On the other hand, Kerber’s last three losses have come against opponents ranked much lower than her, which poses some cause for concern.  Germany thus may need assistance from singles No. 2 Andrea Petkovic or alternate Julia Goerges, the second of whom brings momentum from a semifinal in Pattaya City a week ago.  The higher-ranked Petkovic has succeeded in staying healthy over the last several months, which has allowed her to find some rhythm on the court but not enough to recapture her former heights.  Doubles No. 14 Anna-Lena Groenefeld complements this balanced squad.

Across the net, Slovakia will lean on Dominika Cibulkova and Daniela Hantuchova to continue a partnership that resembles what Berdych and Radek Stepanek have achieved for the Czech Republic in Davis Cup.  Those two women have committed themselves regularly to Fed Cup with 45 ties played between them.  Cibulkova has not entered the court since reaching her first major final at the Australian Open, but a raucous Slovakian crowd might be the best possible antidote for a hangover.  She lost to Kerber last month, though, which is worth noting ahead of their Sunday meeting.  Age has depleted Hantuchova’s shot-making skills, which always required an excruciating degree of precision.  Her most valuable contribution might come in doubles, the format where she now shines the most.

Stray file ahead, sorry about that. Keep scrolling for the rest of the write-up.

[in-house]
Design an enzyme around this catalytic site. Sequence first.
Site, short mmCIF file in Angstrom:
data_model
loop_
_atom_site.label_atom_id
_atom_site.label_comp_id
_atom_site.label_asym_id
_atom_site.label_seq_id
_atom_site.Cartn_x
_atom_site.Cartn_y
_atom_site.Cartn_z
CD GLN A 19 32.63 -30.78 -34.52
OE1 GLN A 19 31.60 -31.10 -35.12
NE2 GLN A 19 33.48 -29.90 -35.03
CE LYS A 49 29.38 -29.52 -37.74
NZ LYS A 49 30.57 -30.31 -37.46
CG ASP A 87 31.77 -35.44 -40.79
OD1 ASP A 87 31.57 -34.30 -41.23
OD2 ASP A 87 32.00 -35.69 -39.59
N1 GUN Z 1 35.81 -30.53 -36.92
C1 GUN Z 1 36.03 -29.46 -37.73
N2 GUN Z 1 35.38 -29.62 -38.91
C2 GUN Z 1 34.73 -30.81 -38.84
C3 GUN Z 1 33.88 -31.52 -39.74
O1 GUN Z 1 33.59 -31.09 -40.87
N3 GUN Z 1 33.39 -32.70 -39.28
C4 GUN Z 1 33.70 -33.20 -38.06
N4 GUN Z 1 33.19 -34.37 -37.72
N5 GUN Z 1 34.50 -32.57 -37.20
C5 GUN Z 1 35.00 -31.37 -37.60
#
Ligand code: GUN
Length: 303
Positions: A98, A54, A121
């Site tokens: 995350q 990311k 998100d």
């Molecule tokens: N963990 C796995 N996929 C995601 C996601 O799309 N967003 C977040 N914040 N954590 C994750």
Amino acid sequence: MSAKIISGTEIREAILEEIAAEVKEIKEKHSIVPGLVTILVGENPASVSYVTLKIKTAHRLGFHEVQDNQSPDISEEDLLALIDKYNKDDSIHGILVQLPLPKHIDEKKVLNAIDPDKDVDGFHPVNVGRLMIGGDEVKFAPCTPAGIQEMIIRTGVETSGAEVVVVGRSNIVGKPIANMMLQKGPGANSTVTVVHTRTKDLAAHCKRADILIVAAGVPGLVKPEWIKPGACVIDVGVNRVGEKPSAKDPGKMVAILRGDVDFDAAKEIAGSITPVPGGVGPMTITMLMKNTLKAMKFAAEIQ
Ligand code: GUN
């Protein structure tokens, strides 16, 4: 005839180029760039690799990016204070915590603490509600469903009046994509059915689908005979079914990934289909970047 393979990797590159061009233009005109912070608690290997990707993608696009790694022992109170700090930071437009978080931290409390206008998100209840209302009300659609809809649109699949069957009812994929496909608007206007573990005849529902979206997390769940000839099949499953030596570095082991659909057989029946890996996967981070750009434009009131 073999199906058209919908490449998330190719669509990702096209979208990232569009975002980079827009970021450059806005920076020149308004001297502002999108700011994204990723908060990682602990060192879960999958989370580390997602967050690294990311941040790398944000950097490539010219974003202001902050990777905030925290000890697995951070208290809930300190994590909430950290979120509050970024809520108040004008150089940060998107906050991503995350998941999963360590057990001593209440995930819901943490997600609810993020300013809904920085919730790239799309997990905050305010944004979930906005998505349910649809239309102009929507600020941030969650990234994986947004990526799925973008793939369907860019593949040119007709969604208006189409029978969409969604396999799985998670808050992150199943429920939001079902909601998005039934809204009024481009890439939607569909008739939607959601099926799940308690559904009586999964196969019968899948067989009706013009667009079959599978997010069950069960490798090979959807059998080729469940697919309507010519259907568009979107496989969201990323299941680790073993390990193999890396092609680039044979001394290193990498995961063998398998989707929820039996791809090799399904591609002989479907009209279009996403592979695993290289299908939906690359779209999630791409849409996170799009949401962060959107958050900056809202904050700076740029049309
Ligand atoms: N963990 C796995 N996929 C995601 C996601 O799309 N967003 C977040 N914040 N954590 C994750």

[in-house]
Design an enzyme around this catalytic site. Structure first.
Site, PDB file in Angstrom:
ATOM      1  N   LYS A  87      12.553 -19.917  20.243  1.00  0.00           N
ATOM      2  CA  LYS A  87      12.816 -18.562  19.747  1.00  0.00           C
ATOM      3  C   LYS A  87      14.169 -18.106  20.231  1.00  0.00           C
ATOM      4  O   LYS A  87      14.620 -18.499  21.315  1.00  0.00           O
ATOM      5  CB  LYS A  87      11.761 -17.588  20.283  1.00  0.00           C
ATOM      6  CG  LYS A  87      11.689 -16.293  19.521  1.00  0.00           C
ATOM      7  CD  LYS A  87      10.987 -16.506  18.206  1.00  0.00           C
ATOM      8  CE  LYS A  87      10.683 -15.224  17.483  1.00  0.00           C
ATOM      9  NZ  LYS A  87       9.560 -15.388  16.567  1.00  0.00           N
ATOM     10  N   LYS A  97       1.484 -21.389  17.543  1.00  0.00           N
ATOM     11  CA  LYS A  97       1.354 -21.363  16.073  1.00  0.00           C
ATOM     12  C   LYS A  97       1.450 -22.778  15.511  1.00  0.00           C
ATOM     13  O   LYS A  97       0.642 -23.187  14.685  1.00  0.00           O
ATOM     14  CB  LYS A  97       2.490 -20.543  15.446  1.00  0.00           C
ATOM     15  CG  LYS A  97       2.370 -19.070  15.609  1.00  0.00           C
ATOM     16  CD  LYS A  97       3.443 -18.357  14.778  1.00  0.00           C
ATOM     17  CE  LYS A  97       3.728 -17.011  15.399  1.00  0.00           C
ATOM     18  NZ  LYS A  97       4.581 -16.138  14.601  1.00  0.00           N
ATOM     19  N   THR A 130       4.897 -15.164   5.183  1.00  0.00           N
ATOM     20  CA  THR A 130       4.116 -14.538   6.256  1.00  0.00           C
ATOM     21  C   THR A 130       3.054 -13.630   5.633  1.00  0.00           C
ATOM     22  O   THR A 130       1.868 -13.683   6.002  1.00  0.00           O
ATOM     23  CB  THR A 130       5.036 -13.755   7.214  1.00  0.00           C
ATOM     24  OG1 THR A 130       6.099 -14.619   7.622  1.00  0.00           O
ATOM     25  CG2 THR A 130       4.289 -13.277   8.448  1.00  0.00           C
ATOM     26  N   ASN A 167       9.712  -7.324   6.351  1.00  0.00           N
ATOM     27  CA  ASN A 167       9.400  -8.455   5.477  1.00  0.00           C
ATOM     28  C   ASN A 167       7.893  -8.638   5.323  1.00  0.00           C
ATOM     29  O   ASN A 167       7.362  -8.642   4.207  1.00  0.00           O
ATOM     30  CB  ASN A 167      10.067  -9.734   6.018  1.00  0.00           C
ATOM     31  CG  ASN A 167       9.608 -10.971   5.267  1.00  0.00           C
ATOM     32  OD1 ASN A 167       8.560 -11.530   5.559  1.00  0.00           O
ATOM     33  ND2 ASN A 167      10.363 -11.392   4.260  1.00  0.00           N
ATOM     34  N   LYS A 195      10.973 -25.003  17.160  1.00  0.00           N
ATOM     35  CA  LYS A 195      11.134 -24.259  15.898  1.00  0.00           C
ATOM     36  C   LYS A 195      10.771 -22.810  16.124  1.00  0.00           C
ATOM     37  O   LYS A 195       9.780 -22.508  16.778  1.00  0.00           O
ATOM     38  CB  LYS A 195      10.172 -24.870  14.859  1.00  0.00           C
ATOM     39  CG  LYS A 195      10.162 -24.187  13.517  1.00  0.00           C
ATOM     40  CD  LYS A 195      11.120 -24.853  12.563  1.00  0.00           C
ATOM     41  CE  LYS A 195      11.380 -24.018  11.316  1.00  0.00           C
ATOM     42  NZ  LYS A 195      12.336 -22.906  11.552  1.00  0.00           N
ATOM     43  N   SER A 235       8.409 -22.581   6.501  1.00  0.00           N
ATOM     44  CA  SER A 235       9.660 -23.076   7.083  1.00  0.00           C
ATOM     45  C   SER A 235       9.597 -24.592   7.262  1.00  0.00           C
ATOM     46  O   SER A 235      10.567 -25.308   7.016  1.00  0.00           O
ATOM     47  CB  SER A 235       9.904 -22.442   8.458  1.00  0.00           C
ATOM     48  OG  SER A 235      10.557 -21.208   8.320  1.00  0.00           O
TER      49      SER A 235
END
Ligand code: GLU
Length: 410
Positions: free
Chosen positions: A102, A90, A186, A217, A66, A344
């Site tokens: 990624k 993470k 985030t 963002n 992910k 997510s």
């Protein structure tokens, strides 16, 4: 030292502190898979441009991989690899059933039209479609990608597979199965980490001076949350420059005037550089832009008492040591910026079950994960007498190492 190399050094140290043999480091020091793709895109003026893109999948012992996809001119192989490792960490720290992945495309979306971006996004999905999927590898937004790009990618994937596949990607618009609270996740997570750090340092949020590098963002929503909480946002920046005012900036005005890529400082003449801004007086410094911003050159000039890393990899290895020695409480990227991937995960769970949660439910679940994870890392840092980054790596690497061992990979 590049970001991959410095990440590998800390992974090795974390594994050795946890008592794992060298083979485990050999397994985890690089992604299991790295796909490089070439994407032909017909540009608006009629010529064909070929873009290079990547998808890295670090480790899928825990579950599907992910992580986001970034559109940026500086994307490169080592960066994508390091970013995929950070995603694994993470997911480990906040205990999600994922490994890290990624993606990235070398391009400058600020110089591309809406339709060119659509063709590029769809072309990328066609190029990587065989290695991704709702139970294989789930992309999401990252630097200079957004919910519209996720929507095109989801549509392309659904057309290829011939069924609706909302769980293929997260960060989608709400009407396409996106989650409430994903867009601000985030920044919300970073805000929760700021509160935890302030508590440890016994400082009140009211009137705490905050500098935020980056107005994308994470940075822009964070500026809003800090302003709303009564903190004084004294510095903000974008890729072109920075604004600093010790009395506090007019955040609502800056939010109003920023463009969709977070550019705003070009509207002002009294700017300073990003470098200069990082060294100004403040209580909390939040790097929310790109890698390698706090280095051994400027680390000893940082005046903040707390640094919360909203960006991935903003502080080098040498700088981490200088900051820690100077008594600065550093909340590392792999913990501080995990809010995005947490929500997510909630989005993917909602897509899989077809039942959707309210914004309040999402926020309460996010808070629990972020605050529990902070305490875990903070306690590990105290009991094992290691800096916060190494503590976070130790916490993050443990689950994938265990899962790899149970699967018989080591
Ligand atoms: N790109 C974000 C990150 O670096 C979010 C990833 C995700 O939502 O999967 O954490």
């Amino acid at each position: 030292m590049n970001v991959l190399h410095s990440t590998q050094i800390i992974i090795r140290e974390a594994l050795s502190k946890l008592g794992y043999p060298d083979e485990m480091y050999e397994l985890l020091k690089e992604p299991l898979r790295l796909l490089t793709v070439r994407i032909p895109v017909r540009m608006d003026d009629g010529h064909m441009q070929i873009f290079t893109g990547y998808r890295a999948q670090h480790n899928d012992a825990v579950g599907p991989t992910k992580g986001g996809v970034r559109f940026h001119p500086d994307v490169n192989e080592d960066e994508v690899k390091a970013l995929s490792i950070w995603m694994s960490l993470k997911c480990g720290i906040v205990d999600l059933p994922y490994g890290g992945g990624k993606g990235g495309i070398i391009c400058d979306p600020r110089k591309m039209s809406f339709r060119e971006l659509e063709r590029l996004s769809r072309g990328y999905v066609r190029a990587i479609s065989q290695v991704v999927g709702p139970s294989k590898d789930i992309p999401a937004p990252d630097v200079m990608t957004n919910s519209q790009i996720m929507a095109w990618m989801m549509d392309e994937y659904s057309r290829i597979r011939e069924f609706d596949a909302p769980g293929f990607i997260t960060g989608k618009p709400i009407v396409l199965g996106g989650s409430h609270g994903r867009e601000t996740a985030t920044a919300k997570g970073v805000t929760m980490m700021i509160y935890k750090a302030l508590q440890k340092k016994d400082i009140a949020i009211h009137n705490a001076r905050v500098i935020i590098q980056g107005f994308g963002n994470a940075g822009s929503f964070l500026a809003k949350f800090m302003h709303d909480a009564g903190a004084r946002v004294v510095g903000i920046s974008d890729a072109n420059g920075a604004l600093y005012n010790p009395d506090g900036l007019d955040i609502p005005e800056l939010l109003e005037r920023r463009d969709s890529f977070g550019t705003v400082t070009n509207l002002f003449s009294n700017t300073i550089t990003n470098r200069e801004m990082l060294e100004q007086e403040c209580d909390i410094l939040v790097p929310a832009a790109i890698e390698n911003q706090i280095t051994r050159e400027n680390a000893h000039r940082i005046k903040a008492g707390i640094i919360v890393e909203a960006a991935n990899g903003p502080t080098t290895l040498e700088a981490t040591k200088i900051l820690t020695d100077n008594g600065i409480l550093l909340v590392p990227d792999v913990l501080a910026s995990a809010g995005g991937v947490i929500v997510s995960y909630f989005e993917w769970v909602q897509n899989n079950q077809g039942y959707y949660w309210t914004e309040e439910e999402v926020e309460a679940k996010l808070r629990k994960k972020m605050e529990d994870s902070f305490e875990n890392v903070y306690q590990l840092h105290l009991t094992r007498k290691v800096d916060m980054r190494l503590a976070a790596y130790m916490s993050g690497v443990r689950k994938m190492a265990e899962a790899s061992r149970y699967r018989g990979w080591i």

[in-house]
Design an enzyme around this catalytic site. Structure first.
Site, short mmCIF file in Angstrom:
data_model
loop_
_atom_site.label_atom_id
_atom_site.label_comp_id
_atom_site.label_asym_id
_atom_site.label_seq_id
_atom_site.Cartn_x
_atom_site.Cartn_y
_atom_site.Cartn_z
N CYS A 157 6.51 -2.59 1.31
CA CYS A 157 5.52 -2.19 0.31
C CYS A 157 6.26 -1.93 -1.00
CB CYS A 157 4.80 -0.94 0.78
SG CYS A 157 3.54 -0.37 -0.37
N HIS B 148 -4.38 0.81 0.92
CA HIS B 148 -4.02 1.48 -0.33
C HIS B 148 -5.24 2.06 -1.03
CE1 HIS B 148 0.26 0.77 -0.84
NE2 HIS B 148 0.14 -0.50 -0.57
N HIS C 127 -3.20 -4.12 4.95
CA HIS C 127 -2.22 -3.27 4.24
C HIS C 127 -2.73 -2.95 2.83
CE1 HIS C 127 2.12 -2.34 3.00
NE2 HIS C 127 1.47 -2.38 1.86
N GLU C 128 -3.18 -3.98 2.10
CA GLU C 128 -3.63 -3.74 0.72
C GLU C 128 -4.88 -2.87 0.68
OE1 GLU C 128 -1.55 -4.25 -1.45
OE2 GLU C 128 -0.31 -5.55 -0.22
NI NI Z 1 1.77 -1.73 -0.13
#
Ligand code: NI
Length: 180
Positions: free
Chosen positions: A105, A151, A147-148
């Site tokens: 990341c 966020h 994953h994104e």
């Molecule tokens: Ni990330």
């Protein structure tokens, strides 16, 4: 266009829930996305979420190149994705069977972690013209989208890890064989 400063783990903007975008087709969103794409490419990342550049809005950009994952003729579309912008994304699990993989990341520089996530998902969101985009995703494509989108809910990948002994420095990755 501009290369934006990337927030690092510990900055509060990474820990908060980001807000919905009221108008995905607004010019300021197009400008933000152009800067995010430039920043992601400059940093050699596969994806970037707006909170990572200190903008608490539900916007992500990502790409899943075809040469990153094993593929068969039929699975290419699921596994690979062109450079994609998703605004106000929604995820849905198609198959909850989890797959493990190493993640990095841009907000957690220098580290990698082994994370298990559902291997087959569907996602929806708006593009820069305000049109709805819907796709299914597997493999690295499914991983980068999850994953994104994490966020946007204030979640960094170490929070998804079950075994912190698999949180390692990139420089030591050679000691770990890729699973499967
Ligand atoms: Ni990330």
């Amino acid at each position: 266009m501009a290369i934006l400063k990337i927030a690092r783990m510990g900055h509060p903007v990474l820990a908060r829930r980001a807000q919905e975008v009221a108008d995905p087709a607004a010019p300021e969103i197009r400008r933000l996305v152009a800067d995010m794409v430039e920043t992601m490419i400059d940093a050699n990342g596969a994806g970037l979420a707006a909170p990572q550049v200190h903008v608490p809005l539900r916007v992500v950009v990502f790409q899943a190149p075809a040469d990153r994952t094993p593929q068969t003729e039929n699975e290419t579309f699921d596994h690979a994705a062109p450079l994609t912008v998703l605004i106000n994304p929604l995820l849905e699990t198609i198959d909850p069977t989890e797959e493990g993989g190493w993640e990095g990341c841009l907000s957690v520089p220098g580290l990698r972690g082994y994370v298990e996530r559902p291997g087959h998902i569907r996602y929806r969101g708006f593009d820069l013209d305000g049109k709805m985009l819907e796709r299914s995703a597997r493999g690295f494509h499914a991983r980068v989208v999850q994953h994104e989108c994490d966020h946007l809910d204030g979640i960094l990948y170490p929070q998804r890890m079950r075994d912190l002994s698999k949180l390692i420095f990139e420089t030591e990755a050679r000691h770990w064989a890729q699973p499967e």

Pick:  Slovakia

Samantha Stosur